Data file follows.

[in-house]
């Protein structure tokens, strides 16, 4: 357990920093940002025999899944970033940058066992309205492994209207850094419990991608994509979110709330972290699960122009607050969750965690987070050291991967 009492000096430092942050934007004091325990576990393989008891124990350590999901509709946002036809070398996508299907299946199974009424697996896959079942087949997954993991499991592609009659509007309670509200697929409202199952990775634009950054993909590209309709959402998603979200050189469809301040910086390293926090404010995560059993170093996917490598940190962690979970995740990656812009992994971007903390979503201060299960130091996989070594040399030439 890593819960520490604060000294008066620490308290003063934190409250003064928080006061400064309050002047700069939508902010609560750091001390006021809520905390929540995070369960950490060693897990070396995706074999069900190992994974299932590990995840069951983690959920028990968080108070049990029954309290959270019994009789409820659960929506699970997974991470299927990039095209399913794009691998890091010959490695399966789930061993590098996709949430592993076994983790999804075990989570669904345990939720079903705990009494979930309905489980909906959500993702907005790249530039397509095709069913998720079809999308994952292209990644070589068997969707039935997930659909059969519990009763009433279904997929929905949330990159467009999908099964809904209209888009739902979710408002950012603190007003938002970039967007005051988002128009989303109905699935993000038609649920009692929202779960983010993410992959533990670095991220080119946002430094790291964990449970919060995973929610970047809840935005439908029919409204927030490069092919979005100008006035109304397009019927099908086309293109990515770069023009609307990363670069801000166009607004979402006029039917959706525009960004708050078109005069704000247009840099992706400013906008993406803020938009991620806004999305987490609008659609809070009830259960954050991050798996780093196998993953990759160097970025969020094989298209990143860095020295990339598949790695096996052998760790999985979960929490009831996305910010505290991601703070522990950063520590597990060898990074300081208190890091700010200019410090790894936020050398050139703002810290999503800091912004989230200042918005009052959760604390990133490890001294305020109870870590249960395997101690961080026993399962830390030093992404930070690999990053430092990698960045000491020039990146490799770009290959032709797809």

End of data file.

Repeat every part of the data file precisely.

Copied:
[in-house]
């Protein structure tokens, strides 16, 4: 357990920093940002025999899944970033940058066992309205492994209207850094419990991608994509979110709330972290699960122009607050969750965690987070050291991967 009492000096430092942050934007004091325990576990393989008891124990350590999901509709946002036809070398996508299907299946199974009424697996896959079942087949997954993991499991592609009659509007309670509200697929409202199952990775634009950054993909590209309709959402998603979200050189469809301040910086390293926090404010995560059993170093996917490598940190962690979970995740990656812009992994971007903390979503201060299960130091996989070594040399030439 890593819960520490604060000294008066620490308290003063934190409250003064928080006061400064309050002047700069939508902010609560750091001390006021809520905390929540995070369960950490060693897990070396995706074999069900190992994974299932590990995840069951983690959920028990968080108070049990029954309290959270019994009789409820659960929506699970997974991470299927990039095209399913794009691998890091010959490695399966789930061993590098996709949430592993076994983790999804075990989570669904345990939720079903705990009494979930309905489980909906959500993702907005790249530039397509095709069913998720079809999308994952292209990644070589068997969707039935997930659909059969519990009763009433279904997929929905949330990159467009999908099964809904209209888009739902979710408002950012603190007003938002970039967007005051988002128009989303109905699935993000038609649920009692929202779960983010993410992959533990670095991220080119946002430094790291964990449970919060995973929610970047809840935005439908029919409204927030490069092919979005100008006035109304397009019927099908086309293109990515770069023009609307990363670069801000166009607004979402006029039917959706525009960004708050078109005069704000247009840099992706400013906008993406803020938009991620806004999305987490609008659609809070009830259960954050991050798996780093196998993953990759160097970025969020094989298209990143860095020295990339598949790695096996052998760790999985979960929490009831996305910010505290991601703070522990950063520590597990060898990074300081208190890091700010200019410090790894936020050398050139703002810290999503800091912004989230200042918005009052959760604390990133490890001294305020109870870590249960395997101690961080026993399962830390030093992404930070690999990053430092990698960045000491020039990146490799770009290959032709797809």